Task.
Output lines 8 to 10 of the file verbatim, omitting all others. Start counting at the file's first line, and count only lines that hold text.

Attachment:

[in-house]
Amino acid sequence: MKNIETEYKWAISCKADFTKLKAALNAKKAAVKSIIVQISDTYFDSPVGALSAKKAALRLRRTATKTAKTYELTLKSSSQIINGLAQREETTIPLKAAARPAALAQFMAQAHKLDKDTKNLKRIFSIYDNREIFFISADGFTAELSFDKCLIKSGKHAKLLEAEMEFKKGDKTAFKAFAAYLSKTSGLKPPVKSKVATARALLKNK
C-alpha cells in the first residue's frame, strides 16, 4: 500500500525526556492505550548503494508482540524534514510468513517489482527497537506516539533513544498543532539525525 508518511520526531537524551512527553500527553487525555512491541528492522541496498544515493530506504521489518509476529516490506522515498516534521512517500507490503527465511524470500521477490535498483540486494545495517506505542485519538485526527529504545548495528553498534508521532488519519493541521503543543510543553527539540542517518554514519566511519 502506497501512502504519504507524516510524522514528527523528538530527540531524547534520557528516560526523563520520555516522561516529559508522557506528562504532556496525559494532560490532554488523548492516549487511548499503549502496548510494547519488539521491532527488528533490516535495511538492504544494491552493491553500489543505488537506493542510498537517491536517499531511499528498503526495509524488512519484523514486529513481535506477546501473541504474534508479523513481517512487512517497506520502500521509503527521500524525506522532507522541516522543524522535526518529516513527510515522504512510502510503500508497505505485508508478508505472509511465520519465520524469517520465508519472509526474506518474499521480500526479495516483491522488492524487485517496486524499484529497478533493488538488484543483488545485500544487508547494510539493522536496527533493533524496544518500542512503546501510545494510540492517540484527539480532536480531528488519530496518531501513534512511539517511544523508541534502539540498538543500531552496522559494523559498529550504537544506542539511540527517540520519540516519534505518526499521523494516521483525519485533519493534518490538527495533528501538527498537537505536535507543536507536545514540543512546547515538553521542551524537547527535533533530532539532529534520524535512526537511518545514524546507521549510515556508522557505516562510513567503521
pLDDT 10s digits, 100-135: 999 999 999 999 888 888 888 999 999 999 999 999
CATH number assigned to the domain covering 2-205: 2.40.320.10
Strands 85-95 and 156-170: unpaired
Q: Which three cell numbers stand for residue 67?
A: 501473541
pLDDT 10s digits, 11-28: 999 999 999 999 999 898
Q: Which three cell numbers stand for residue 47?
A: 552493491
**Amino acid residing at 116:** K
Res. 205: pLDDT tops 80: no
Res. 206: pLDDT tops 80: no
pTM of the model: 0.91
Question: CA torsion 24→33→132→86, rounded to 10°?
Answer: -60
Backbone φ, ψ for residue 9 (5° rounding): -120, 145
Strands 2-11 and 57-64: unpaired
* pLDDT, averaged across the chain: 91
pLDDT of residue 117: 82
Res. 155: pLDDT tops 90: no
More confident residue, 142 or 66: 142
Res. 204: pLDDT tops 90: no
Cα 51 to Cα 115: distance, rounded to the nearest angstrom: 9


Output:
A: 501473541
pLDDT 10s digits, 11-28: 999 999 999 999 999 898
Q: Which three cell numbers stand for residue 47?